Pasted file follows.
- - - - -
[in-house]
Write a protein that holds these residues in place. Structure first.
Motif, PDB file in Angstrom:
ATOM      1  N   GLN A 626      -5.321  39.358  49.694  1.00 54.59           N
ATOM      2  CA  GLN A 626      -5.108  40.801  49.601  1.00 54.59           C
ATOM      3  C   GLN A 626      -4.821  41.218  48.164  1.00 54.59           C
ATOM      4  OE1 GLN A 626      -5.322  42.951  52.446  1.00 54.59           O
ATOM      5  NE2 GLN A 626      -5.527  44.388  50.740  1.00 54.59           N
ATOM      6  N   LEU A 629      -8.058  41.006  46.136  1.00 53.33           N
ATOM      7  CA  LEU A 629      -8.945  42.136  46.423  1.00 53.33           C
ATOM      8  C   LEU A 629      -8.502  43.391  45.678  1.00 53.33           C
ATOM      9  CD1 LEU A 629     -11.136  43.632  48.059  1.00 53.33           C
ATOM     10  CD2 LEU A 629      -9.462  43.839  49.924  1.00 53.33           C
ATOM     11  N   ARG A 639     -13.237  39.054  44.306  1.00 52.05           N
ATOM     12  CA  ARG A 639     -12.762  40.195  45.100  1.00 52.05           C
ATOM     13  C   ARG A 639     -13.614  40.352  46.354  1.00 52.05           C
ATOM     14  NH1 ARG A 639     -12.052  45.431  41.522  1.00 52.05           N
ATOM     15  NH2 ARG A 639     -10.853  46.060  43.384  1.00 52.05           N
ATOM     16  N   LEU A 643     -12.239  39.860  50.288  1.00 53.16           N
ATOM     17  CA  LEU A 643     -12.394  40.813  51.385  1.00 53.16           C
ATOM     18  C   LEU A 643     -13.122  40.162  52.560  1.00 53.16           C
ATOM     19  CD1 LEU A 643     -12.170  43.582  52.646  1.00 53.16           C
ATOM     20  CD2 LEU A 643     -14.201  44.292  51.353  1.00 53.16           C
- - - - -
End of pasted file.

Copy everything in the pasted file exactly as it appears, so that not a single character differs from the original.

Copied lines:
[in-house]
Write a protein that holds these residues in place. Structure first.
Motif, PDB file in Angstrom:
ATOM      1  N   GLN A 626      -5.321  39.358  49.694  1.00 54.59           N
ATOM      2  CA  GLN A 626      -5.108  40.801  49.601  1.00 54.59           C
ATOM      3  C   GLN A 626      -4.821  41.218  48.164  1.00 54.59           C
ATOM      4  OE1 GLN A 626      -5.322  42.951  52.446  1.00 54.59           O
ATOM      5  NE2 GLN A 626      -5.527  44.388  50.740  1.00 54.59           N
ATOM      6  N   LEU A 629      -8.058  41.006  46.136  1.00 53.33           N
ATOM      7  CA  LEU A 629      -8.945  42.136  46.423  1.00 53.33           C
ATOM      8  C   LEU A 629      -8.502  43.391  45.678  1.00 53.33           C
ATOM      9  CD1 LEU A 629     -11.136  43.632  48.059  1.00 53.33           C
ATOM     10  CD2 LEU A 629      -9.462  43.839  49.924  1.00 53.33           C
ATOM     11  N   ARG A 639     -13.237  39.054  44.306  1.00 52.05           N
ATOM     12  CA  ARG A 639     -12.762  40.195  45.100  1.00 52.05           C
ATOM     13  C   ARG A 639     -13.614  40.352  46.354  1.00 52.05           C
ATOM     14  NH1 ARG A 639     -12.052  45.431  41.522  1.00 52.05           N
ATOM     15  NH2 ARG A 639     -10.853  46.060  43.384  1.00 52.05           N
ATOM     16  N   LEU A 643     -12.239  39.860  50.288  1.00 53.16           N
ATOM     17  CA  LEU A 643     -12.394  40.813  51.385  1.00 53.16           C
ATOM     18  C   LEU A 643     -13.122  40.162  52.560  1.00 53.16           C
ATOM     19  CD1 LEU A 643     -12.170  43.582  52.646  1.00 53.16           C
ATOM     20  CD2 LEU A 643     -14.201  44.292  51.353  1.00 53.16           C